This paragraph now comes from aboard. I’m sitting in a luxurious cafeteria waiting for the breakfast gate to open at 06:30. We’re supposed to sail at 7. The vessel is lovely and I know this wannabe cruise-ship is a jewel in the crown of the BC hospitality industry but speaking for coastal residents, I think a little less glitter and more accountable, affordable regular service would be grand. Features like a high-end gift shop selling cheap reproductions of Haida silverware has nothing to do with basic transportation. I’ve already ranted in previous blogs about the ineptitude of the entire BC Ferry Corporation so I’ll leave this alone. However, there was a time when this Northern coastline was much more heavily populated and served by various private carriers. I’ve never heard anyone recall that they felt at the mercy and whim of a down-south crown corporation board office. It seems the time when people said what they meant, meant what they said and kept their promises is a fiction from some other era. Folks have always been folks but I recall when integrity was a personal mandate. (Engines at full throttle since 07:07, we finally back from the dock at 07:35) By the time we have left the dock, Jill has driven back almost as far as Campbell River. As I sit writing, a “Rubenesque” lady and her clone daughter have reclined and fallen asleep. Their snoring takes me back to some of the tugboat foc’sles I’ve known. When i awoke from my nap, there was nobody around. Funny thing!

Yep, it's the same blog. Jill inspects old 113, a stean engine operated by Canadian Forest Products, who ran the last working logging railroad on the continent. When I last saw this locomotive, 25 years ago,  it was shining bright, belched clouds of steam and black smoke, hauled eco-tourists and backed up the diesel locomotives when they broke down. It seems so sad to see this machine pushed out of the way.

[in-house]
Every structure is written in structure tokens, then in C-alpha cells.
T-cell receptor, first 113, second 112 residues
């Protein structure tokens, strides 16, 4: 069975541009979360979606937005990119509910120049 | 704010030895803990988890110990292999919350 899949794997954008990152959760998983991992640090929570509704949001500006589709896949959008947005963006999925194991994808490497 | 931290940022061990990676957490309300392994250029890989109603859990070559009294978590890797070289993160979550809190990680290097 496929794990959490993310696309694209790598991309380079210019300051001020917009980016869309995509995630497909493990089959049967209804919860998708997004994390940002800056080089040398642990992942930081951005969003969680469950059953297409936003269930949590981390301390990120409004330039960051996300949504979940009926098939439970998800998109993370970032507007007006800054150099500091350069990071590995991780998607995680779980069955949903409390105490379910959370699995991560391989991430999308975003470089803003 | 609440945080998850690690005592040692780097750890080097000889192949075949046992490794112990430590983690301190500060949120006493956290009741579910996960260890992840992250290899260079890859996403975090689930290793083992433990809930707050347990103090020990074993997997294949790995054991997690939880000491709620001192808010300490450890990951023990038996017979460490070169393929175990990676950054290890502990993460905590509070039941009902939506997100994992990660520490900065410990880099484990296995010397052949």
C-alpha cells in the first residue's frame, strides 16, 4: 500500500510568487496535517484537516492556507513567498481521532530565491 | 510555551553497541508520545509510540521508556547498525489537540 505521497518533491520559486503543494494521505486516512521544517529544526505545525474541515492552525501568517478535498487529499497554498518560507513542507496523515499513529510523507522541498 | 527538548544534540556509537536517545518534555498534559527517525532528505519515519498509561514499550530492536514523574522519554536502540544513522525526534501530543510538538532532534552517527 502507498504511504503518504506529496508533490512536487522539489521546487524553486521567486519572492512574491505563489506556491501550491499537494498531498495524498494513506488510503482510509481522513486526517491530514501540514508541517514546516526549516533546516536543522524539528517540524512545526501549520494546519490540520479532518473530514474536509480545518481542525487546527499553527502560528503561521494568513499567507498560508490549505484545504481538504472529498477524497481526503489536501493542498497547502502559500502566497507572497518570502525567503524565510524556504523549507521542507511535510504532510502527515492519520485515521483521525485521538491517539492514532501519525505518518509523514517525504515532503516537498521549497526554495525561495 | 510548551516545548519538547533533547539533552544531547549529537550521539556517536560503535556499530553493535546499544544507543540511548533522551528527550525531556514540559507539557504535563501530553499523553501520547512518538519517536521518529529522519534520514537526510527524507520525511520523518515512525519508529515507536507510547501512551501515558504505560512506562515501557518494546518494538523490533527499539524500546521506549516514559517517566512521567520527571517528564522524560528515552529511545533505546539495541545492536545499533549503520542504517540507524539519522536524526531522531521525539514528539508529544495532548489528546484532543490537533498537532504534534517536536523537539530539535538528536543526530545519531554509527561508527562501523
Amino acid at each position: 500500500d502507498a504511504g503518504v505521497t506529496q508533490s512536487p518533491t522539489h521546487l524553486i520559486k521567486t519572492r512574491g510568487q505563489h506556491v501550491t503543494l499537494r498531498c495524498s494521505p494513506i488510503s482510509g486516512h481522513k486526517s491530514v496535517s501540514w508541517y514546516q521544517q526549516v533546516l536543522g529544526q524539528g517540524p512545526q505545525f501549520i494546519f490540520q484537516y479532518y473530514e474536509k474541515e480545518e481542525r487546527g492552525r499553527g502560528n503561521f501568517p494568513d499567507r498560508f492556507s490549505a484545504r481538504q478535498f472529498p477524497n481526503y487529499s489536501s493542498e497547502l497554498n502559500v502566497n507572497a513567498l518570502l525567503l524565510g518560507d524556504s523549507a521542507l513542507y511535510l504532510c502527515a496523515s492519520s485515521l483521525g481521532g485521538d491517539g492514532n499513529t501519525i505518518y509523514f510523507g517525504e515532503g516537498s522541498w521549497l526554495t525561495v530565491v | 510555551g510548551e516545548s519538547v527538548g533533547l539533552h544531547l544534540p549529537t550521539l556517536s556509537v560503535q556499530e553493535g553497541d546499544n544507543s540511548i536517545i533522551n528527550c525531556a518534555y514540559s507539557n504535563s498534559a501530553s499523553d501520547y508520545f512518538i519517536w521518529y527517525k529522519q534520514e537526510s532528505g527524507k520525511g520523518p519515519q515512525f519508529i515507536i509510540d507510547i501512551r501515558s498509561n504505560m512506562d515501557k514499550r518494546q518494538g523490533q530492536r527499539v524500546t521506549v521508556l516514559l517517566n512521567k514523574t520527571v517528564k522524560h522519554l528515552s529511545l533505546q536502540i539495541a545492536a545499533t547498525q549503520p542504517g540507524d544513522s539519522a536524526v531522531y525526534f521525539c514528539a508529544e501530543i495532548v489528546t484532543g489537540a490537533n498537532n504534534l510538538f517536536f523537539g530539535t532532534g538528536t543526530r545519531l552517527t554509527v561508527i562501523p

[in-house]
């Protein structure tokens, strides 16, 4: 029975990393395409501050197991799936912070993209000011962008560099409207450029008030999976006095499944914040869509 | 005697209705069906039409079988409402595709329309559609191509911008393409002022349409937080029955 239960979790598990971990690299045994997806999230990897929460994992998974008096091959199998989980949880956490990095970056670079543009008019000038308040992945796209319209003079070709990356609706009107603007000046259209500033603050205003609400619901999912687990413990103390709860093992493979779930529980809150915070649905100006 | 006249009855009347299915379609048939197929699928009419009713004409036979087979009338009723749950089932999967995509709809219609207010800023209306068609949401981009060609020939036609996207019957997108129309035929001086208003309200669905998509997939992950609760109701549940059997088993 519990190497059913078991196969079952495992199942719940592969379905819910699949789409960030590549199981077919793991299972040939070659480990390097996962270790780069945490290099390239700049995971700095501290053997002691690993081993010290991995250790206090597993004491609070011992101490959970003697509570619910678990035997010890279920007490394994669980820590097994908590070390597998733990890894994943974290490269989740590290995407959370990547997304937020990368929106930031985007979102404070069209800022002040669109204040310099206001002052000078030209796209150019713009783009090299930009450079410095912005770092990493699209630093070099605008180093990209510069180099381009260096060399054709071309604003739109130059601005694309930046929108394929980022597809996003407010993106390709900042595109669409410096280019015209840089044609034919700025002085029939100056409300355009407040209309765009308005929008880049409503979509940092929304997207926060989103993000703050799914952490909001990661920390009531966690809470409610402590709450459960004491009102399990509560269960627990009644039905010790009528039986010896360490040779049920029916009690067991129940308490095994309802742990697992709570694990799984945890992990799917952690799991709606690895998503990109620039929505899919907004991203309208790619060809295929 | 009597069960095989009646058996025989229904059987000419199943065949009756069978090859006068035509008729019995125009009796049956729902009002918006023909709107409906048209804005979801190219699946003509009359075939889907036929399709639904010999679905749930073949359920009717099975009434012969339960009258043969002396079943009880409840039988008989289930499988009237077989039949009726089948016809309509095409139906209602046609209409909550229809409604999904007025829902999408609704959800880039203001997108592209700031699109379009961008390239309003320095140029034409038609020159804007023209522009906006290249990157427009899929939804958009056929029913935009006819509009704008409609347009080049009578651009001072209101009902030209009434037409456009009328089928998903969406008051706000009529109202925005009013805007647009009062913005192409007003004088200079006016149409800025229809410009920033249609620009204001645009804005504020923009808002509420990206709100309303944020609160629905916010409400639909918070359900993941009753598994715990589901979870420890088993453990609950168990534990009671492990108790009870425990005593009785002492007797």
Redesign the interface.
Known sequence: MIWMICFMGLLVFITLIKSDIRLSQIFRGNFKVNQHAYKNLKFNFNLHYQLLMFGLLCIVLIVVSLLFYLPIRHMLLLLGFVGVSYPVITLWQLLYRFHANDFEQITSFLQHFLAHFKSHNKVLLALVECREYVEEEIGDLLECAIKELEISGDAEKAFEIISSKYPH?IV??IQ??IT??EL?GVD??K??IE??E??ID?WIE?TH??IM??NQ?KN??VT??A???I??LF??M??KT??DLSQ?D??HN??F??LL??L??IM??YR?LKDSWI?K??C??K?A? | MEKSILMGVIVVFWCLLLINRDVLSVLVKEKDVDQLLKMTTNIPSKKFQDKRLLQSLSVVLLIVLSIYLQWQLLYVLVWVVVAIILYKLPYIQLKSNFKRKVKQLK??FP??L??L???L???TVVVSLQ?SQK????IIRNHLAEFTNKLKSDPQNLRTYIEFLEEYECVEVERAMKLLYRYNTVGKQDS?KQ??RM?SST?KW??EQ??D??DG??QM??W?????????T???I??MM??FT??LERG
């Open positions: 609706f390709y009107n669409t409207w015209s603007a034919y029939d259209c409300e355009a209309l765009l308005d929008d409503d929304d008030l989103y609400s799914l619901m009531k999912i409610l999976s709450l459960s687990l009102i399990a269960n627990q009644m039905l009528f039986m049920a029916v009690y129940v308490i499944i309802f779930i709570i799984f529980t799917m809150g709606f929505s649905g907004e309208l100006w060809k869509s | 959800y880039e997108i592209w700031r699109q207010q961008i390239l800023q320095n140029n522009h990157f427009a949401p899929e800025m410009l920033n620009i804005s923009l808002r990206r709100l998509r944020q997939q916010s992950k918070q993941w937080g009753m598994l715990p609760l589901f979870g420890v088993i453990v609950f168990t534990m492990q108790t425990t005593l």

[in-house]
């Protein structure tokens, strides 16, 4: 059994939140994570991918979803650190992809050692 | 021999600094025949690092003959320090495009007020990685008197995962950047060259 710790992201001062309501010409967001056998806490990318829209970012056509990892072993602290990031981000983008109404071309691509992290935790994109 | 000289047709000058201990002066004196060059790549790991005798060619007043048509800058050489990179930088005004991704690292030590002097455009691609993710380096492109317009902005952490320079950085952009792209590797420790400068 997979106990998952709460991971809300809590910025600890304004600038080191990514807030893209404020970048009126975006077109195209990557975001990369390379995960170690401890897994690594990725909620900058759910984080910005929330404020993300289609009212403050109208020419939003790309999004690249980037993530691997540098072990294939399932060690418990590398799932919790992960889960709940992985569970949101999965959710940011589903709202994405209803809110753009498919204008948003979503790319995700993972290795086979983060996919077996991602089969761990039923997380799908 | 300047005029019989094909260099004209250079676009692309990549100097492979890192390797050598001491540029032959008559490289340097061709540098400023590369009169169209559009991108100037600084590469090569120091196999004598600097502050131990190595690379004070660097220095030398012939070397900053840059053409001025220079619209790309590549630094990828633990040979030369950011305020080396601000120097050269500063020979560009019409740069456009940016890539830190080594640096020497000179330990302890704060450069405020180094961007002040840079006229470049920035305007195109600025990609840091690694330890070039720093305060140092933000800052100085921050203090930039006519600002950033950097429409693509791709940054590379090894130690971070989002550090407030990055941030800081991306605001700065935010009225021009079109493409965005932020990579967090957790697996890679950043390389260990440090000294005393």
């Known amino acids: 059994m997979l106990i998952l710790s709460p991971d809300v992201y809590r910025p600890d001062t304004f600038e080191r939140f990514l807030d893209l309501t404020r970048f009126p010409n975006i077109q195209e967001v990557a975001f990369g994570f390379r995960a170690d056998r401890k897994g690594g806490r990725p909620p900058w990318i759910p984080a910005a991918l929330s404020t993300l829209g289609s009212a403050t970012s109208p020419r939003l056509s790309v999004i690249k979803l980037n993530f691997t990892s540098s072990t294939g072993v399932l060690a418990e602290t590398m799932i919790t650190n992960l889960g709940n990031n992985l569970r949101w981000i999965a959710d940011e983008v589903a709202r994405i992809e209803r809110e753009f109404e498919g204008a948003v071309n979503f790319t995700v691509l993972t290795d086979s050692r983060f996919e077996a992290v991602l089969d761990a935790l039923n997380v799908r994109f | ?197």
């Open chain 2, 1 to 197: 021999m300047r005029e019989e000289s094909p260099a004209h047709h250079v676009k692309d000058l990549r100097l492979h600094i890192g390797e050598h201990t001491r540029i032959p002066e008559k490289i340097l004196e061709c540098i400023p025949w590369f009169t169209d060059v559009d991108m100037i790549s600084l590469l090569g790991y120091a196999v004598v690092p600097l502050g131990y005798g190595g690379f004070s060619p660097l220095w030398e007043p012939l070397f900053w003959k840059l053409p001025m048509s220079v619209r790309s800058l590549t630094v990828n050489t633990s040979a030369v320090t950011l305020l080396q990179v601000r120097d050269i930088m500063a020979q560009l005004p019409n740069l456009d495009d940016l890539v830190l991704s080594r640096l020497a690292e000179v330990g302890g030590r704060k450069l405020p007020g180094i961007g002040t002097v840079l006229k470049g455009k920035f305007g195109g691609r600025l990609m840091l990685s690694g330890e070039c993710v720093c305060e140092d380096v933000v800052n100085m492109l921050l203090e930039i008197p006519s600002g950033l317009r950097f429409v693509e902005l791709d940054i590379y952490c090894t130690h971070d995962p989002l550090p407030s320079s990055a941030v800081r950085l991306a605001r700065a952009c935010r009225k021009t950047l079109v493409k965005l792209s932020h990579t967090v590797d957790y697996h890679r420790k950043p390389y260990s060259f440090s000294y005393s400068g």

Yep, it’s the same blog! Jill inspects old 113, a steam locomotive once operated by Canadian Forest Products, who ran the last working logging railroad on the continent. When I last saw this locomotive, 25 years ago, it was shining bright, belched clouds of steam and black smoke, hauled eco-tourists and backed up the diesel locomotives when they broke down. It seems so sad to see this machine pushed out of the way in her home at Woss Camp on Northern Vancouver Island.

No voice command controls here. no airbags either!

No voice command controls here. No airbags either!

The summer grinds on, the daylight ever shorter, the evenings cooler, the rain more frequent. The list of before winter to-do jobs on ‘Seafire’ is begging attention. How it will end up is anyone’s guess but with all the crap, there has to be a pony somewhere. Yeehaw! There’s got to be a bright side I haven’t discovered yet.

REALLY!  Real telephone booths, still working.  At the Woss Café.

REALLY! Actual telephone booths, still working
at the Woss Café.

Enough grumpy rambling. Here are another batch of photos. As I edit them, I look forward to the summer when I can come to these wonderful waters and simply cruise. I’ll have my own tools and parts aboard. We’ll see what Murphy can do to me then. I recently explained to a lady on a passing yacht in for repairs that ubiquitous old Murphy was so devious she has us actually believing she’s a man. With a twinkle in her eye, this woman quietly replied, “Yeah, God too!”

God spelled backwards. Jack indulges in a favourite pastime in a pool on the Nimpkish River

God spelled backwards.
Jack indulges in a favourite pastime in a pool on the Nimpkish River

Being hove to in a long gale is the most boring way of being terrified I know.” …. Donald Hamilton